Monthly Archives: November 2006

Jasmine’s Shadow

This jasmine flower “dances” with its shadow in the early morning light. Tough to get a low enough angle using a tripod, but it can be done.

Family



Family, photo by Harold Davis.

Mostly, I write about (and photograph) my kids. Here are some other members of my family, photographed using a self-timer with the camera on a tripod, over Thanksgiving.

Davis family members, rear row, from left to right: Elise (sister in law), Nathan (brother), Virginia (mother), Martin (father)
Front: moi
See also: Turkey Day Sunset

Estero Crossing

The Estero Trail crosses Drakes Estero on the causeway and bridge shown here.

Papaver Birth

It’s tough to catch a poppy in the moment of birth: turn around and the poppy has breached its pod and is a newborn flower. Not only that, poppies are low to the ground on a stalk that is extremely sensitive to any breeze. Fortunately, this Papaver nudicaule cooperated. The only cost: a little laughter from my kids who thought I looked silly hugging the ground with the camera low on a tripod.

Drakes Estero

Sunset lit the waters of Drakes Estero, making the tidal marshes seem like a spiral. Quickly the light was gone, and we headed for the car and trailhead, trying to outpace the oncoming night.

Night for Day

On Sunday we went for a hike on Point Reyes with our friends Mark and Amy. This was a get-away-from-the-kids that we’d been looking forward to, with Rachel prepared to babysit all three boys until whenever we got back.

Unfortunately, the weather was sloppy. By the time we got out to Inverness on the Point Reyes peninsula, the rain was coming down steadily. We had a long lunch, and by the time lunch was over it looked like the rain was letting up.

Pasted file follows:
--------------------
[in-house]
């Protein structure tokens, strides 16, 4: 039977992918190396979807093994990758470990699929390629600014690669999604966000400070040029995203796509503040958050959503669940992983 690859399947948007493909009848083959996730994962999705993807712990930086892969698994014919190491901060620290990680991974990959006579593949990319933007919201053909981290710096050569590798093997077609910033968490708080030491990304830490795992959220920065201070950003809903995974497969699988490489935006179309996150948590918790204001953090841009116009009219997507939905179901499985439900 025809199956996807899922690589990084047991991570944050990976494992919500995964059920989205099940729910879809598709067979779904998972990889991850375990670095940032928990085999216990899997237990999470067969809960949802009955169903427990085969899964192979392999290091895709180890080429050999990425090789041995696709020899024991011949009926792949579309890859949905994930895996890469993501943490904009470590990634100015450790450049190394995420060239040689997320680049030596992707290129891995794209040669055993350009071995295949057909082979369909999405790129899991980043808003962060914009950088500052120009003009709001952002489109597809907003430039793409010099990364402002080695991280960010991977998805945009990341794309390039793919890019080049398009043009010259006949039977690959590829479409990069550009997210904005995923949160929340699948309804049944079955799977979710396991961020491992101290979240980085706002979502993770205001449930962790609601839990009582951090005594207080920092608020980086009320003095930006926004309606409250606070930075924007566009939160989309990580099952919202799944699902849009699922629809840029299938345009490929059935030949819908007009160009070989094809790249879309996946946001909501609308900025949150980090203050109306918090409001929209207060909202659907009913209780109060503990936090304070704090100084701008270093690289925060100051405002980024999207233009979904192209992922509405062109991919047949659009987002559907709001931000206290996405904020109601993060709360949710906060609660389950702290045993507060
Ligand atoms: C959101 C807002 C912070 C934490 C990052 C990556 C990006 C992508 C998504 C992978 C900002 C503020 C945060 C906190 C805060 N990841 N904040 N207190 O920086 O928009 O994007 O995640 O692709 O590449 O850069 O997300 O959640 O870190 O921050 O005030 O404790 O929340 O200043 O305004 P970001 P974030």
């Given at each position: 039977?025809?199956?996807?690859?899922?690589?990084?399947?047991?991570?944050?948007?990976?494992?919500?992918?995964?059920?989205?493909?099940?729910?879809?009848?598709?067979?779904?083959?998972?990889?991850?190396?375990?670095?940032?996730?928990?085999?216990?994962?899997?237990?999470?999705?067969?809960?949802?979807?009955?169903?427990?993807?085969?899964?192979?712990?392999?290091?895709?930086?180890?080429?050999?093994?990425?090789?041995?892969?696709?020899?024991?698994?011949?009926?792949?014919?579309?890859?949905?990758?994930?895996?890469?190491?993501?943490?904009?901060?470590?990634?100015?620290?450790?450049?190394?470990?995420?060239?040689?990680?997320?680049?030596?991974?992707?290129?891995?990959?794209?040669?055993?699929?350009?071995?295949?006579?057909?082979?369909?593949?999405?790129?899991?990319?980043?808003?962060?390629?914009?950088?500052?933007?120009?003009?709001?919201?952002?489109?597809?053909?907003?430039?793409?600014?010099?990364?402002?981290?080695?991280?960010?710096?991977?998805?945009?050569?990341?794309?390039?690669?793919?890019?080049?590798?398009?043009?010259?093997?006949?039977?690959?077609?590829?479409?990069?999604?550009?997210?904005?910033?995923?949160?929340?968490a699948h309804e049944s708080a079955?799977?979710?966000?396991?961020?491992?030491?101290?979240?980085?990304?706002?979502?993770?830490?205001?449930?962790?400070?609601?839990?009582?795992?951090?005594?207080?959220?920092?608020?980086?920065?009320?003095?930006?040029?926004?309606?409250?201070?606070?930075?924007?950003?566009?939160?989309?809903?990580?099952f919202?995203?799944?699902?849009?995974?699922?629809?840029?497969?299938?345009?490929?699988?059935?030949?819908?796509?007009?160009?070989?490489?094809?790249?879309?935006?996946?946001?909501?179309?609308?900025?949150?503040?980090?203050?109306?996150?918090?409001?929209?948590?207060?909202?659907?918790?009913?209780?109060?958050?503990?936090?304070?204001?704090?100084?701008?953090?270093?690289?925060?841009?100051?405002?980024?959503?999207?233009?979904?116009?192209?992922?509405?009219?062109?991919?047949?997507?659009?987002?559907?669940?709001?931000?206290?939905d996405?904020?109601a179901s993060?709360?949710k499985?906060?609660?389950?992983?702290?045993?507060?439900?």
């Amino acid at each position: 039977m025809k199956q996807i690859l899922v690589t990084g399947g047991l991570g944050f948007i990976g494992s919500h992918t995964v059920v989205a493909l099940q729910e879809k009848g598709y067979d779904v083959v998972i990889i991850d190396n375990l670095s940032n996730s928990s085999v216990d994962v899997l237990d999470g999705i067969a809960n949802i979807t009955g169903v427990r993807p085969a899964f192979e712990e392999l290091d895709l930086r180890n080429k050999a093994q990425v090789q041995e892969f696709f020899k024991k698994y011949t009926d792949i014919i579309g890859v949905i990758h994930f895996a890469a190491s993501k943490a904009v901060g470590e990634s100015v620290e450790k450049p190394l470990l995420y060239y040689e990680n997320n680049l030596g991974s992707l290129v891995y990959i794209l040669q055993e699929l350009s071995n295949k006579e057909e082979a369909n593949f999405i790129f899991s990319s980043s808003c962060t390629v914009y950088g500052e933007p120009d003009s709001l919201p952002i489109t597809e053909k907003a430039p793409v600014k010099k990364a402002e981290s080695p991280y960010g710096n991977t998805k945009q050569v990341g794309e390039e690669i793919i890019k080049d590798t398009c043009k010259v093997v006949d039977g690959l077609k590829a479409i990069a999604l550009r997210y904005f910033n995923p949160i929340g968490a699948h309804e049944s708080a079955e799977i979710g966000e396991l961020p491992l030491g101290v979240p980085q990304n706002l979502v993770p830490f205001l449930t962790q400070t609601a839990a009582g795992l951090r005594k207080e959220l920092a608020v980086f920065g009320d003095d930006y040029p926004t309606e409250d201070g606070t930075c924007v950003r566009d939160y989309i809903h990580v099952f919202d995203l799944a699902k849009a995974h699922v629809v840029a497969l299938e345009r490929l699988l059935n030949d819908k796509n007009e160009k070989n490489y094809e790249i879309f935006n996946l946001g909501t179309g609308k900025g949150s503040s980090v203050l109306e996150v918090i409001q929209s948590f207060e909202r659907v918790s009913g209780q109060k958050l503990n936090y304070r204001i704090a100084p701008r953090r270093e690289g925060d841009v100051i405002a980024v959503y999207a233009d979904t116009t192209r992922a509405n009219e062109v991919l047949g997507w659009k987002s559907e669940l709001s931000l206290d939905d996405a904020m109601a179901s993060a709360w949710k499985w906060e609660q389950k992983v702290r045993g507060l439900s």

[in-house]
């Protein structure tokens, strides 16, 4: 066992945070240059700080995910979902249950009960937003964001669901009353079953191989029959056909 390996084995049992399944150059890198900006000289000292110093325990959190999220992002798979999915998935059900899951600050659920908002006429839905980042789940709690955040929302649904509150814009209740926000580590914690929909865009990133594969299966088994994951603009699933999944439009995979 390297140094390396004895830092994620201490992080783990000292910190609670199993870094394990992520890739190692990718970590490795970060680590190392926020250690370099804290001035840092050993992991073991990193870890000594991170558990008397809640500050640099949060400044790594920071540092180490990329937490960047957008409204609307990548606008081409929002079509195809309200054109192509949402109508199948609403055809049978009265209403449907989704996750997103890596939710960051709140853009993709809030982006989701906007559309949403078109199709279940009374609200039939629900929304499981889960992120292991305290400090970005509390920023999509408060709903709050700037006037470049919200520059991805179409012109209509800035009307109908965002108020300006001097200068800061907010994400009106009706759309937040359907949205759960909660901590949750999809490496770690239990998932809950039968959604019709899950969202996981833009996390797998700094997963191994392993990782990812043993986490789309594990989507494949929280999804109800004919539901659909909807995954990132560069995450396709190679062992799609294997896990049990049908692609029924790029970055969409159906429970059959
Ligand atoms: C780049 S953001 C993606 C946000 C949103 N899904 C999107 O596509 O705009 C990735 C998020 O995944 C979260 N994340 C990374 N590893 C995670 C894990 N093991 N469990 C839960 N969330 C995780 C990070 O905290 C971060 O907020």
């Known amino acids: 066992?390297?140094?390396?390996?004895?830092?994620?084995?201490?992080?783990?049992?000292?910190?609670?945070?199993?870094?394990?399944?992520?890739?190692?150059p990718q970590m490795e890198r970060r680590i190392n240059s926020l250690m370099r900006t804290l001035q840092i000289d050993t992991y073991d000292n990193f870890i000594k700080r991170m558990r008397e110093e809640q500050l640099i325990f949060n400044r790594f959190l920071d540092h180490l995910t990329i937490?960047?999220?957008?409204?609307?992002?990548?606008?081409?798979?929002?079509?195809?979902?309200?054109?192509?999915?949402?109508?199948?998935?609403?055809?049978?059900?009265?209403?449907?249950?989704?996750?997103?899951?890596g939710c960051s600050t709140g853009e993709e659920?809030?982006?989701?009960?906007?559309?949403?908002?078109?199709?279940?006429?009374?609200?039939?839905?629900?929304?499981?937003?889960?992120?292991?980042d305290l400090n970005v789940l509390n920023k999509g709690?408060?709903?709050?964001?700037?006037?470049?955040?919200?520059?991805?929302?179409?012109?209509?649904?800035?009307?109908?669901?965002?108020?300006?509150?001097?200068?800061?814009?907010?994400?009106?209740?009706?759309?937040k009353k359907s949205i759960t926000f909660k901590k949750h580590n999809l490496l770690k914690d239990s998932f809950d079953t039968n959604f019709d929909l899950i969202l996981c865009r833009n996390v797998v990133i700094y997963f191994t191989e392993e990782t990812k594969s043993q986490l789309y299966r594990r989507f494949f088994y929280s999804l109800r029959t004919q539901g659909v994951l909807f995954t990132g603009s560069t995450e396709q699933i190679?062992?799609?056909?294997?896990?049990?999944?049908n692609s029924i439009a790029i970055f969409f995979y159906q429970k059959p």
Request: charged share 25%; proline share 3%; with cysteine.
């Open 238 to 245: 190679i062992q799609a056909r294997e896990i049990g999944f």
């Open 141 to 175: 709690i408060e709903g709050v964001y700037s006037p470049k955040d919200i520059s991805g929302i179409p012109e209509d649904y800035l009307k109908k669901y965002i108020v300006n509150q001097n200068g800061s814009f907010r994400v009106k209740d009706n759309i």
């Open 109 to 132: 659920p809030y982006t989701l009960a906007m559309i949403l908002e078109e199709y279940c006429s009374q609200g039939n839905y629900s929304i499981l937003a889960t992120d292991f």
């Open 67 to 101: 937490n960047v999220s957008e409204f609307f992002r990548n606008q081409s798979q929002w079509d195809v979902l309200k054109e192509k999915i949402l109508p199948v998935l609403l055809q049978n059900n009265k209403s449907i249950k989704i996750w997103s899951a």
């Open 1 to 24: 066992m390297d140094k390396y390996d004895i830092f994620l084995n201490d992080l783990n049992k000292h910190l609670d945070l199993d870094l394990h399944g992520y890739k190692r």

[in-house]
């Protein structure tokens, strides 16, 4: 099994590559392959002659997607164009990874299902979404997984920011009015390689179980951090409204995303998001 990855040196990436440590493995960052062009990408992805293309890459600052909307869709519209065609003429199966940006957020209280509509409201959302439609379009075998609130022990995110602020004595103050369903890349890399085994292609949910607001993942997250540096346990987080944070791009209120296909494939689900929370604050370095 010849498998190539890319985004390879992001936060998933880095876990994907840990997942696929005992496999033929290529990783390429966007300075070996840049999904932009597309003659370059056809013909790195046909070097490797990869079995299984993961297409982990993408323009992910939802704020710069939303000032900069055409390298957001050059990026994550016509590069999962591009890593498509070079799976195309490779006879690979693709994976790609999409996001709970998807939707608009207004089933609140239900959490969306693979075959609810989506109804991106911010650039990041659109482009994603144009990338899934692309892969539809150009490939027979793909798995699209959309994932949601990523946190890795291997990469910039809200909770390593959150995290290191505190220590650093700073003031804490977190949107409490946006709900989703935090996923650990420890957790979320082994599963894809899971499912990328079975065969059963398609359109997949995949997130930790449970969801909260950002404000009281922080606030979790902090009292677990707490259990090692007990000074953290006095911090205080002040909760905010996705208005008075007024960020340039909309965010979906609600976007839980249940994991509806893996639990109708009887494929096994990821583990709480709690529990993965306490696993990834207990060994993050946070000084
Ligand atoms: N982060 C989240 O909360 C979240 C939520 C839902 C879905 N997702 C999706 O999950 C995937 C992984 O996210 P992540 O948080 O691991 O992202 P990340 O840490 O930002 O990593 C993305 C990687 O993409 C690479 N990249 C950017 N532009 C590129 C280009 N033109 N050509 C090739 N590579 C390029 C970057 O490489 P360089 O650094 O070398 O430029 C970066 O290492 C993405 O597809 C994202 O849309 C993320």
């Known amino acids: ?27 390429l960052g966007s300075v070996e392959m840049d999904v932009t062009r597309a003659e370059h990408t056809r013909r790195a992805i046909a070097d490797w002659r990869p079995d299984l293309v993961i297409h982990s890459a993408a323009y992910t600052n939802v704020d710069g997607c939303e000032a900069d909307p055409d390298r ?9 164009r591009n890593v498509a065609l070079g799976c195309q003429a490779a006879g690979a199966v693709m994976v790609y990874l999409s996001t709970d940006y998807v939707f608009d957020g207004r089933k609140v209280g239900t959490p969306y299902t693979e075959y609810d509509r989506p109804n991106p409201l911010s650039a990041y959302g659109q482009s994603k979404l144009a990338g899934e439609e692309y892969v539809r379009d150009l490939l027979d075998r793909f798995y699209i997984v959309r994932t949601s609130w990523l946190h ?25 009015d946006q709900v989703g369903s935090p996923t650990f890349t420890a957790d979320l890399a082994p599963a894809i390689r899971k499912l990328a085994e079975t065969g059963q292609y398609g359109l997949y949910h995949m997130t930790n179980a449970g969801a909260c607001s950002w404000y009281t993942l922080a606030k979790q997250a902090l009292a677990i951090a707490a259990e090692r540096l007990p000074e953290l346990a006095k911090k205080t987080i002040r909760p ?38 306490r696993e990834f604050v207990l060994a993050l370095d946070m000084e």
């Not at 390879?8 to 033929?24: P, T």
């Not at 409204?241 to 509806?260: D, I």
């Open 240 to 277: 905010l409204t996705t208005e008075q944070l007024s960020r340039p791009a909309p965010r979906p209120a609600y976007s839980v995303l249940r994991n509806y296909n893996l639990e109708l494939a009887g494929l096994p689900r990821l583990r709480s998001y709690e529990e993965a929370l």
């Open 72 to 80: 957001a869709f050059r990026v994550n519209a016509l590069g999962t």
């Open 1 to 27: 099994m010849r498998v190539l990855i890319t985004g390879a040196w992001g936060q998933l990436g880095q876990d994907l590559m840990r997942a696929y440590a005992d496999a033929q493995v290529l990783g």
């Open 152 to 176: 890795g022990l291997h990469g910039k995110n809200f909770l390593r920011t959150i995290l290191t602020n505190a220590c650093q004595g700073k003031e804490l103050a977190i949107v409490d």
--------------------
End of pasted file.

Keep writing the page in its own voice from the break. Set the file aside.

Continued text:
What was a little rain, anyway? We decided to go for our hike even in the wet weather. Luckily, by the time we reached the trailhead parking lot for the Estero Trail, the rain had stopped completely.

We had a nice hike, with some good photo opportunities. By the time we got back to the parking lot it was dark. This was my last photo of the day, taken in almost complete night. As I released the shutter, a few drops of rain had started to fall. By the time I packed camera and tripod up, and ran to the parking lot, cold rain was coming down hard.

If you look at the Exif data for this image, you can verify for yourself that this was a long exposure, thirty seconds, with the 10.5mm digital fisheye lens wide open at f/2.8. But it really doesn’t look like a long exposure in almost complete darkness should look. In fact, I bet if you were shown this photo and didn’t know any better, you would think it was taken in the daytime, perhaps the late afternoon (with the incoming storm).

In cinematography, there’s a technique called Day for night, which uses lighting and filtration to make a scene shot during the day appear to take place at night. The effect shown in this image, of converting night to apparent day, strikes me as a kind of opposite Night for Day (hence the title of this story).

The fact is that digital sensors are far more sensitive to light beyond the visible spectrum than we are (and far more so than film). Do long exposures when IR and UV radiation is bouncing around, and weird things start to happen as in the image that illustrates this story, this moonlight vista of the Golden Gate, and this photo by star light in the High Sierras.

Related story: Xrays, Photograms, and Cross-Processing, Oh My!

Labyrinth

On Saturday I photographed sunset from Land’s End in Golden Gate Park. The Labyrinth is an art installation (that’s the best term I can think of) by Eduardo Aguilera shown here with the Golden Gate behind.

As I watched the sunset I saw people come and walk the labyrinth slowly and reflectively, almost as if it was a religious ritual. Later, on my computer, I walked the labyrinth myself: using the Paintbrush Tool in Photoshop to draw the outlines that put together the layer masks I used to delineate the paths in the maze.

Pine Mountain